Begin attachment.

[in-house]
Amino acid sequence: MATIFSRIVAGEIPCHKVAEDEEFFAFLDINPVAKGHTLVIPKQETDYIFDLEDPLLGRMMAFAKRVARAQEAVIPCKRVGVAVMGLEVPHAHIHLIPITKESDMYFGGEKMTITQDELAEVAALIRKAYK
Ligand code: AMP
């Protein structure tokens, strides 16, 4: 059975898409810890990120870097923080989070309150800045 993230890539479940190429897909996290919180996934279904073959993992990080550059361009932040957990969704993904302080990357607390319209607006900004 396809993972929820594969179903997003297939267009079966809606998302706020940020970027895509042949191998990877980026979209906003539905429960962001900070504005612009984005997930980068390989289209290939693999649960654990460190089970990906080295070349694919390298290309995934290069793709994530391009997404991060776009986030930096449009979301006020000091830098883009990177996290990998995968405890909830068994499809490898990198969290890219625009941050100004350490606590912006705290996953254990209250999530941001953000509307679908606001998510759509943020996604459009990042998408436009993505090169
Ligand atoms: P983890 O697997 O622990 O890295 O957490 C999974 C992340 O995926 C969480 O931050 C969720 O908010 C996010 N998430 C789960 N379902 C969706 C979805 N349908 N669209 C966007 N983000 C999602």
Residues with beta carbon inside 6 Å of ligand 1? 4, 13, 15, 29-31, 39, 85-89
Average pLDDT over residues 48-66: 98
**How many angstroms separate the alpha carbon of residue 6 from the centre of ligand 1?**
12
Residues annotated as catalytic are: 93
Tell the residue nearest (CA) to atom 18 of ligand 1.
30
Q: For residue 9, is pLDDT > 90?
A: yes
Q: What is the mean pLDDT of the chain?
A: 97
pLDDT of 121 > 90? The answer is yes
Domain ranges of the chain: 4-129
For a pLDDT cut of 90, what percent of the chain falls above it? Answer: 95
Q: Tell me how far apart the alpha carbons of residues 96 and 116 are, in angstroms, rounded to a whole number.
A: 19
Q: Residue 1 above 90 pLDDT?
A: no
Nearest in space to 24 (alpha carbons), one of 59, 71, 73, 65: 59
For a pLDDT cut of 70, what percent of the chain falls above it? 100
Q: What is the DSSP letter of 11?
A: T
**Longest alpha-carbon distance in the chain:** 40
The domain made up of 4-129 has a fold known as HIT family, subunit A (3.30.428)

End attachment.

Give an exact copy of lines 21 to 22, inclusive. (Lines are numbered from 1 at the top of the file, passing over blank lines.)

A: 19
Q: Residue 1 above 90 pLDDT?